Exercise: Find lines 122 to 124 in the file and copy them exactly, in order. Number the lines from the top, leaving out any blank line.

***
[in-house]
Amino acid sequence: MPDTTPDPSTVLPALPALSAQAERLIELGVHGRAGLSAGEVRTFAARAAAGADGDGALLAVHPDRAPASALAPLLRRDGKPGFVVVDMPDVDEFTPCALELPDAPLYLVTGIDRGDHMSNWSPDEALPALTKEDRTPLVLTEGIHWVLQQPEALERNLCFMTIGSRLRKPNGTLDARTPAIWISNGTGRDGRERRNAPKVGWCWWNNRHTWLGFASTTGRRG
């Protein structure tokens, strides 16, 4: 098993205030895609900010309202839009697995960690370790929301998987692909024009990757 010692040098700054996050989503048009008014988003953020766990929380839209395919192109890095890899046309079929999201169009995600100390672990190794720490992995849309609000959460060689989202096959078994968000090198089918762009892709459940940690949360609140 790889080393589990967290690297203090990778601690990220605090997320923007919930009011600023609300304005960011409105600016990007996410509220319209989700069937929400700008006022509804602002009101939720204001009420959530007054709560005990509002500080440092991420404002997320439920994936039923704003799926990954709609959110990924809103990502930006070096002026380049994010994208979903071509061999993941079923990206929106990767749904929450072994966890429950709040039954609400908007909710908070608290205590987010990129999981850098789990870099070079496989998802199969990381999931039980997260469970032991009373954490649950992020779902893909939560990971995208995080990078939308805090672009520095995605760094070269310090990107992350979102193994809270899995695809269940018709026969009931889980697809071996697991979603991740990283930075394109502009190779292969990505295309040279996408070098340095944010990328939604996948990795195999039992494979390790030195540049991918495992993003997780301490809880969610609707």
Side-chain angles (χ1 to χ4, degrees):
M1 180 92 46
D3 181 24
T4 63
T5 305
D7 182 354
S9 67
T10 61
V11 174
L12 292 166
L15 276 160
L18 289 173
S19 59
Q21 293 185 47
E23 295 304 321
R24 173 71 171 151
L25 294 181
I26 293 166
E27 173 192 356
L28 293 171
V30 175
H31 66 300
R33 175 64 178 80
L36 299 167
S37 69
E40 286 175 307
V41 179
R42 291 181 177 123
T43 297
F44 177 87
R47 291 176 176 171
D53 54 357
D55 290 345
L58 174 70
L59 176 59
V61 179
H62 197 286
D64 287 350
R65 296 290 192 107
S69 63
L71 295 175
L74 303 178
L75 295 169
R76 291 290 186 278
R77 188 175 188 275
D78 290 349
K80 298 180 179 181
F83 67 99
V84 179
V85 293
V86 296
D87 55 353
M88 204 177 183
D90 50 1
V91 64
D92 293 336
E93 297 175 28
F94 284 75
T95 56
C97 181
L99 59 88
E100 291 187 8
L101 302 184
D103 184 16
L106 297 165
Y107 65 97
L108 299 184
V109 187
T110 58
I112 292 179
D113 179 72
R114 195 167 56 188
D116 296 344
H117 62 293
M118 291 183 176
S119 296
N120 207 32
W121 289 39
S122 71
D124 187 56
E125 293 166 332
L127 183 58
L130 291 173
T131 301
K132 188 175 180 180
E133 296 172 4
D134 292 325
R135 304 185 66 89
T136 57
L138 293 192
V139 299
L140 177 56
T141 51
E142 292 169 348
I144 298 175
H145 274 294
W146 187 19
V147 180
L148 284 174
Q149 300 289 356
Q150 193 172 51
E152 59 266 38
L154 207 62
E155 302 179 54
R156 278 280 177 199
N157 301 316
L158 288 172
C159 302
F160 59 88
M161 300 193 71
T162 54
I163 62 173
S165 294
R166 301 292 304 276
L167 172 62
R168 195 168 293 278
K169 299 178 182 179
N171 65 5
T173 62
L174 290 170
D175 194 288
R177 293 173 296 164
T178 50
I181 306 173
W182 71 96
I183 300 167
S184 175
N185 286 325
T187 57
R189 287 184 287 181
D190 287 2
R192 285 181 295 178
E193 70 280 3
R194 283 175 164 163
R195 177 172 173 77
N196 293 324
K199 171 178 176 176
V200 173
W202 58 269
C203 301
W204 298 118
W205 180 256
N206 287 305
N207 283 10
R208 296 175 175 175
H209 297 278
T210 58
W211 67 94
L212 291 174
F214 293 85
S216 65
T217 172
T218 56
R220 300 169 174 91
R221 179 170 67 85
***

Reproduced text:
T173 62
L174 290 170
D175 194 288